This is accordion music that isn't accordion music. It is, in fact, akin to those works dwelling somewhere between chamber, neoclassical, jazz, folk, and other genres, fused so beautifully that O Sorriso Da Manu readily becomes a feast for critical interpretation and appreciation. In the first cut alone (Ciculeta) can be found elements of the old serial minimal Reich/Matheny collaboration (Different Trains), Oregon, Gavin Bryars, tango, and myriad other genesis points. The opening to the second cut, Trilha Feita À Mão, is strongly reminiscent of a Towner / McCandless composition with Rainer Bruninghaus interpolations arising from a collegium in Sao Paolo before lowering into the sort of accordion improv one might expect from a cross between LaMonte Young and Astor Piazzola.
Then Nova picks up the tempo and heads for Ancient Future territory, a spritely dexterous track with killer clarinet work from Alexandre Ribeiro, Ferragutti's energetic accordion following behind, with a gamboling orchestra underscoring it all. Frequently, though, overall I was strongly minded of Erling Wold's practically unknown but quintessential soundtrack for Jon Jost's The Bed You Sleep In, a truly beautiful, indeed haunting, atmospheric work of quietly vivid imagistic powers. Trilha Feita a Làpis most clearly follows that mindset, but the entirety of Sorriso is imbued with the quality in greater or lesser measure throughout.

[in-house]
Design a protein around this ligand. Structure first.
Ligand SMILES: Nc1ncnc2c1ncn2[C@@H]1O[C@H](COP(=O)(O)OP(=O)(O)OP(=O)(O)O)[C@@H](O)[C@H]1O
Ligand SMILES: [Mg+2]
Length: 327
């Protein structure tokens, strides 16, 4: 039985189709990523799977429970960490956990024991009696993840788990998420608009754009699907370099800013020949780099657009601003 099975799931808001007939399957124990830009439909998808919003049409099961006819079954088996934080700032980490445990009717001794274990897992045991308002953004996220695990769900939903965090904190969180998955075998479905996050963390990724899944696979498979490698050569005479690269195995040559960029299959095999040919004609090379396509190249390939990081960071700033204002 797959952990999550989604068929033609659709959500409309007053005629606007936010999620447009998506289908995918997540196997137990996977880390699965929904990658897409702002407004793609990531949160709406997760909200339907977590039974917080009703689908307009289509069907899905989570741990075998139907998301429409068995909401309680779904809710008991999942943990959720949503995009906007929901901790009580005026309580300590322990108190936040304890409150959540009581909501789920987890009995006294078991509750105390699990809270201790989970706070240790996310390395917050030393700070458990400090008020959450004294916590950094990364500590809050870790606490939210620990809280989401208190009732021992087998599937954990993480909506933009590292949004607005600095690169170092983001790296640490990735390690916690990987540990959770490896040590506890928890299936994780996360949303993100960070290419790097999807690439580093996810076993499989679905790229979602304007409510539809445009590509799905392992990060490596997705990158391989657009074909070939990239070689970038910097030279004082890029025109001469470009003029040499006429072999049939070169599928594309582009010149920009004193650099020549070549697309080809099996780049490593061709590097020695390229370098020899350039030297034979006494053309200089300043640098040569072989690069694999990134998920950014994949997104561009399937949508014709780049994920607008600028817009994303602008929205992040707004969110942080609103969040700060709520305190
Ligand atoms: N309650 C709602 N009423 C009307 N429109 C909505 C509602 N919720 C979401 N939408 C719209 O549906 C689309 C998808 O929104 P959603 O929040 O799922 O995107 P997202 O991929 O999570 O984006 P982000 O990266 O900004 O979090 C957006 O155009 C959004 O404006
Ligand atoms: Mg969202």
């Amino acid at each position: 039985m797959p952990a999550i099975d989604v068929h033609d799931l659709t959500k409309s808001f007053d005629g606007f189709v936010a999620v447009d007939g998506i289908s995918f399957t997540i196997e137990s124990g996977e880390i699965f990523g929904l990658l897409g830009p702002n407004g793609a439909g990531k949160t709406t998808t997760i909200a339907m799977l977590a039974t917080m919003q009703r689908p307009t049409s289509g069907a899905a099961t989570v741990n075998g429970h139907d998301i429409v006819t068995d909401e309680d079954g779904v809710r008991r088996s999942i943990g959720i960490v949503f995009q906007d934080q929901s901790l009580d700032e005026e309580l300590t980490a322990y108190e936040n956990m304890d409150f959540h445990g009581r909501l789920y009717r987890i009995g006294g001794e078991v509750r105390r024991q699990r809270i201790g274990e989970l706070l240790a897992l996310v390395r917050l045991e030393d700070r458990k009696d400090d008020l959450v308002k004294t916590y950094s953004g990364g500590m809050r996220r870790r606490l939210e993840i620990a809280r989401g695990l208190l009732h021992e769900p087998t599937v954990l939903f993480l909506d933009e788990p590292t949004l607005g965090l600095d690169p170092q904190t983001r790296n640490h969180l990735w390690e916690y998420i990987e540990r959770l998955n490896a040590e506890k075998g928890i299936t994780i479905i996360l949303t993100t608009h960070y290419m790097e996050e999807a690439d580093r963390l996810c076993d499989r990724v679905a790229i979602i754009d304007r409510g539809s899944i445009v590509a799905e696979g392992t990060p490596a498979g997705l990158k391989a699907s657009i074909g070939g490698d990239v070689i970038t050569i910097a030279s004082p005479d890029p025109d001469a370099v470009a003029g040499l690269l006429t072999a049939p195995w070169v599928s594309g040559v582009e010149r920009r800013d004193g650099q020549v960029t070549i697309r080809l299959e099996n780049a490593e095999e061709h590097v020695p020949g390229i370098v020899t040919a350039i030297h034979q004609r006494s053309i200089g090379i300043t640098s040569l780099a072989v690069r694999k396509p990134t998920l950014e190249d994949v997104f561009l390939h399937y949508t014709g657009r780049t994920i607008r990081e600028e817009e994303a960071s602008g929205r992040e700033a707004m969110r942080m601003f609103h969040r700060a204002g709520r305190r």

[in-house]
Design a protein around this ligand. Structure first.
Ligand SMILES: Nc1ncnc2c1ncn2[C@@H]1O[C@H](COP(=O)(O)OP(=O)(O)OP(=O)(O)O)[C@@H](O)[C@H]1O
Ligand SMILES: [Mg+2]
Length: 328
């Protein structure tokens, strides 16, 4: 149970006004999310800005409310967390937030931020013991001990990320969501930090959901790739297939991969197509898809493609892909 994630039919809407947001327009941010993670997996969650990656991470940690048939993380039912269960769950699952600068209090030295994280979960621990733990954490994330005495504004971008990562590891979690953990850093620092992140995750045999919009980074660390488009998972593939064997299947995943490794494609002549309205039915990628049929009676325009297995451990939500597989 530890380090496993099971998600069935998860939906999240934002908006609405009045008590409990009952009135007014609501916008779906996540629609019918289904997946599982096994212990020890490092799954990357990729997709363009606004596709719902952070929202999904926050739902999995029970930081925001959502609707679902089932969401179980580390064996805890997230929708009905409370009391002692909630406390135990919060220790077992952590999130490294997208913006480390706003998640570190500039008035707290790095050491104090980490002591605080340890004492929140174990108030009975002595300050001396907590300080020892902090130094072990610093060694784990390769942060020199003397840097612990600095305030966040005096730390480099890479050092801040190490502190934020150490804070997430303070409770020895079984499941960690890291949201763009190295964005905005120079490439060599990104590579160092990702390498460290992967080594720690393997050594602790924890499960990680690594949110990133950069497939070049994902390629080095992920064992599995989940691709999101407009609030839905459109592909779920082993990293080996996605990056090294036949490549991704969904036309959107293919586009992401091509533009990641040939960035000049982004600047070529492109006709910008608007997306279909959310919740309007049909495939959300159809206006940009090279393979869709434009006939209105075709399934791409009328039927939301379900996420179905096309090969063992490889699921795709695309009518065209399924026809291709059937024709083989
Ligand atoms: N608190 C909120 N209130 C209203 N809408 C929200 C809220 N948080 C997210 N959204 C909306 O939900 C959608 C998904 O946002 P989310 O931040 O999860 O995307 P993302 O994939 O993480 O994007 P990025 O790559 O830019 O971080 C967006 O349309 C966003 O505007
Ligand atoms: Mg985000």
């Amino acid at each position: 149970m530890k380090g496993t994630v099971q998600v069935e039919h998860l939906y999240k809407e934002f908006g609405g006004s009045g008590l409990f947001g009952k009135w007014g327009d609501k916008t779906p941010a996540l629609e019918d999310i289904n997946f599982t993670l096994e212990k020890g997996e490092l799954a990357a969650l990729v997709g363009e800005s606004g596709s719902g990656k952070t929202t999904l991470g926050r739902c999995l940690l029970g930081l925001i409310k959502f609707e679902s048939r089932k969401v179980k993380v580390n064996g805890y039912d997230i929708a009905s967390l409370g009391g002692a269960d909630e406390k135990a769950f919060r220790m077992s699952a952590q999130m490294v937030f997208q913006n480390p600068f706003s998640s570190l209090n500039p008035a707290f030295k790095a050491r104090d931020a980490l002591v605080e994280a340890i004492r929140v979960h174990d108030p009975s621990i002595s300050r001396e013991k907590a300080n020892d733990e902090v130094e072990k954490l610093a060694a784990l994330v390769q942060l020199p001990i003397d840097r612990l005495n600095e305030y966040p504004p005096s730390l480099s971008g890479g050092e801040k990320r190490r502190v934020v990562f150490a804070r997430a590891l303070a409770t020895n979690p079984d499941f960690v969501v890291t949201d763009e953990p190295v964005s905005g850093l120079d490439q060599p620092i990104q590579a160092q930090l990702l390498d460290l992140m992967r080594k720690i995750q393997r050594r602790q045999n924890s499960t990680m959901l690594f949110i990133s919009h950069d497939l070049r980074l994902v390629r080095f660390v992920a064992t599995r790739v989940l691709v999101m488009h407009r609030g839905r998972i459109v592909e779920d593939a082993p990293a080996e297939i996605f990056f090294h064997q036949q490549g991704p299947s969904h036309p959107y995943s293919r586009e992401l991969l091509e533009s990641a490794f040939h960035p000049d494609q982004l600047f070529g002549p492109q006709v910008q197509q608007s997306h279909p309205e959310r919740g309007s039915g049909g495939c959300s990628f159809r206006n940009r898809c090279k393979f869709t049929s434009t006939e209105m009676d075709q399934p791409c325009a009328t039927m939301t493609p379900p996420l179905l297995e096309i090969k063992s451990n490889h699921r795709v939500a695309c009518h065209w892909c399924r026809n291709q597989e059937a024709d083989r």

As I continued to listen, it was apparent the recording was unusual, but I found myself defeated in guessing just how the process went…until reading the promo lit (the CD liner is in, well, I'm not sure what tongue but it isn't English; Portuguese perhaps?) informing me that the gig was live, sans audience, in Brazil's FECAP Theater, and that's where the magic entered in: that confraternity demanding a simultaneity unique to a situation interpolating the compelling nature of live recitations but, in this case, in a more private disciplined ambience. Regardless, O Sorriso Da Manu isn't just a collection of an excellent composer's new opuses and playing but a look into the future, a preview of what's coming in the way of the sort of serious work that will define coming generations' notions of the possibilities of the increasingly hybridized state of Brazilian musics.
Edited by: David N. Pyles
Copyright 2013, Peterborough Folk Music Society.
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